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Jesus Christ and Pontius Pilate appear in this dynamic revival of playwright’s Robert Patrick’s 1973 wickedly counterculture exploration of religiosity.

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Josh Tyson as Judas and Craig Smith as Pontius Pilate in a scene from Robert Patrick’s “Judas” (photo credit: Gerry Goodstein)


Darryl Reilly, Critic

“Damn brilliant nuisance,” is how Pontius Pilate describes Jesus Christ in author Robert Patrick’s 1973 play Judas. This wickedly counterculture take on the well-chronicled events in Judea is given a dynamic revival by the Phoenix Theatre Ensemble.

This season that company’s theme has been charismatics. After Tartuffe and a religious hoax yarn, The Cult Play, they conclude with this work that features two charismatics, Jesus and Pilate.

With a contemporary sensibility, Mr. Patrick dramatizes the familiar situations with simplicity, lively dialogue and tasteful irreverence. There is also excessive philosophical speechifying during some long-winded debates but these static Shavian bits are offset by the superior production and strong performances.

“Quiet, Klautus. I’m attempting to listen to my mob,” says Pilate to his young assistant Klautus. John the Baptist, Herod, Herodias and Salome have all recently died in various violent manners and there’s unrest in the streets of Jerusalem. Pilate surveys the chaos from his office high atop the city through binoculars.

Judas is a bright young man being groomed by Pilate for a government position and comes over every afternoon for training. Things are heating up as there’s a new prophet in town who threatens the authority of the Roman occupiers and the Jewish orthodoxy. Judas is charged to find out about him and what he wants.  We meet the sensitive Jesus and his loving and bickering parents Mary and Joseph and his good friend Peter. Eventually Jesus winds up in Pilate’s office for a clash of wills.

Elise Stone as Mary and Craig Anthony Bannister as Joseph in a scene from Robert Patrick’s “Judas” (photo credit: Gerry Goodstein)

Patrick’s sly atmosphere is of transactional corporate culture where pragmatism rules and religions are constructs not to be taken too seriously. The severity of Judaism upsets the balance and a presumptive Messiah further leads to conflict. The belief that Jesus’ behavior deliberately set in motion the outcome is espoused because he wouldn’t negotiate.

With actors both stationary and roaming through the theater in concert with the precisely choreographed company onstage, director Craig Smith’s staging exhibits a superb command of stagecraft. Everything flows fluidly and aesthetically. Mr. Smith’s work with the actors is equally as accomplished and his own performance as Pilate is a major highlight.

Recalling the wily Big Daddy in Cat on a Hot Tin Roof, the limber Smith wearing a mostly white ensemble along with white patent leather shoes physically dominates the presentation. His honeyed, deep growling vocal delivery conveys the cheery steeliness of the character while tossing off witticisms that all get laughs.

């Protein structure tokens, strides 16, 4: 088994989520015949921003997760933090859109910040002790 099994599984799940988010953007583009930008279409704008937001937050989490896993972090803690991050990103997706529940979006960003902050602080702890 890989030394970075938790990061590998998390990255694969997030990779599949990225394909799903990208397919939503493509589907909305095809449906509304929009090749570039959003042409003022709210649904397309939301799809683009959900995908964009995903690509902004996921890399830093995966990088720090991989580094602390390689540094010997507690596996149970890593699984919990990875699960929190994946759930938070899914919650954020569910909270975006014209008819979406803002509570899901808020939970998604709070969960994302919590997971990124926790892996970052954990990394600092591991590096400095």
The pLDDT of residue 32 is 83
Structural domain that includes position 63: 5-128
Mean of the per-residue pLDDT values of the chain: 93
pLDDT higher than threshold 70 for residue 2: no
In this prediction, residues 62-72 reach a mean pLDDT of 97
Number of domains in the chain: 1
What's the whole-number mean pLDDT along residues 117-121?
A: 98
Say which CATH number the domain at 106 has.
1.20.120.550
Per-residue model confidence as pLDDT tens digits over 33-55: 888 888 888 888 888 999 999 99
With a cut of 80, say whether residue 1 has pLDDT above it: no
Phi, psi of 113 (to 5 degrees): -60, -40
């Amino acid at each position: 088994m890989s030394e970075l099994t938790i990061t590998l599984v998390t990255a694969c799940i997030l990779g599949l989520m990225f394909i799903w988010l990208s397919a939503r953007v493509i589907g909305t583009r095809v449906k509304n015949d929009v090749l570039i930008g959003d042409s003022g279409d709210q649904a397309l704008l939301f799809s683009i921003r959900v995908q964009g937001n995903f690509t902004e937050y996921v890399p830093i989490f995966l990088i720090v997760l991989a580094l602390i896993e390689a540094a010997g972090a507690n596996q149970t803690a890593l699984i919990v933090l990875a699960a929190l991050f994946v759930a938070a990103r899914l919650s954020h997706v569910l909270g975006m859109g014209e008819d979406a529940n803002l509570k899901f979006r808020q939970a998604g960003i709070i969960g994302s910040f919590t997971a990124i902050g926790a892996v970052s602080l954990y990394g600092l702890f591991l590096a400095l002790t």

Slim, wiry, wound up and with his pleasing tenor voice the animated Josh Tyson’s rich portrayal of Judas captures the complexities of his situation.

The soulful Jeffrey Marc Alkins is a sensitive Jesus. Affable Ariel Estrada’s Peter is a touching figure of vivid warmth. Youthful Josh Moser as the bureaucratic Klautus serves as wonderfully dry comic relief. As the harried and henpecked Joseph, Craig Anthony Bannister with his graceful physical presence fills the role with humor and sadness. Jim Sterling’s turn as Herod is appropriately of zany desperation.

Josh Moser as Klautus in a scene from Robert Patrick’s “Judas” (photo credit: Gerry Goodstein)

“A Galilean housewife” is how Patrick describes Mary and that exactly how the commanding Elise Stone comes across with her engaging portrait of maternal devotion. With her wide-eyed facial expressions and soaring tones, Ms. Stone majestically realizes pathos and comedy.

A steel desk, a small steel bench and two lattice steel cubes are the spare furnishings on scenic designer Juan Merchan’s airy gray set that starkly serves as the office and other locales. Mr. Merchan’s bracing lighting design is prevalent with strategic shadows.

On the back and side walls are periodically displayed video/projection designer Attilio Rigotti’s dazzling imagery that perfectly complements the actions. There’s marvelous footage of present day Jerusalem, buildings, clouds trees, fractured views of crowds and stars.

Composer Ellen Mandel’s melodically intense electronic score is adeptly rendered by her sound design as are other effects.

An array of modern garments is tweaked by costume designer Debbi Hobson to craft the suggestion of long ago and far away.

Robert Patrick was born in 1937 in Texas and came to New York City in 1961. Patrick became part of the groundbreaking Off-Off Broadway theater scene at the Caffe Cino, a Greenwich Village coffee house. Judas is reckoned to be among the best of his over 60 plays. This excellent production of it confirms its stature and burnishes his reputation as a major dramatist.

Judas (through May 13, 2018)

Phoenix Theatre Ensemble

The Wild Project, 195 East 3rd Street, in Manhattan

For tickets, call 866-811-4111 or visit

Running time: two hours and 30 minutes including one intermission

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1 Comment on Judas

  1. Avatar Gene Thompson // May 2, 2018 at 12:23 pm // Reply

    Josh Tyson is no doubt the stand out is this incredible and outstanding cast!’ Can’t wait to see him on the big stage. Can’t believe that has not already happened!! Tremendous and gifted actor!

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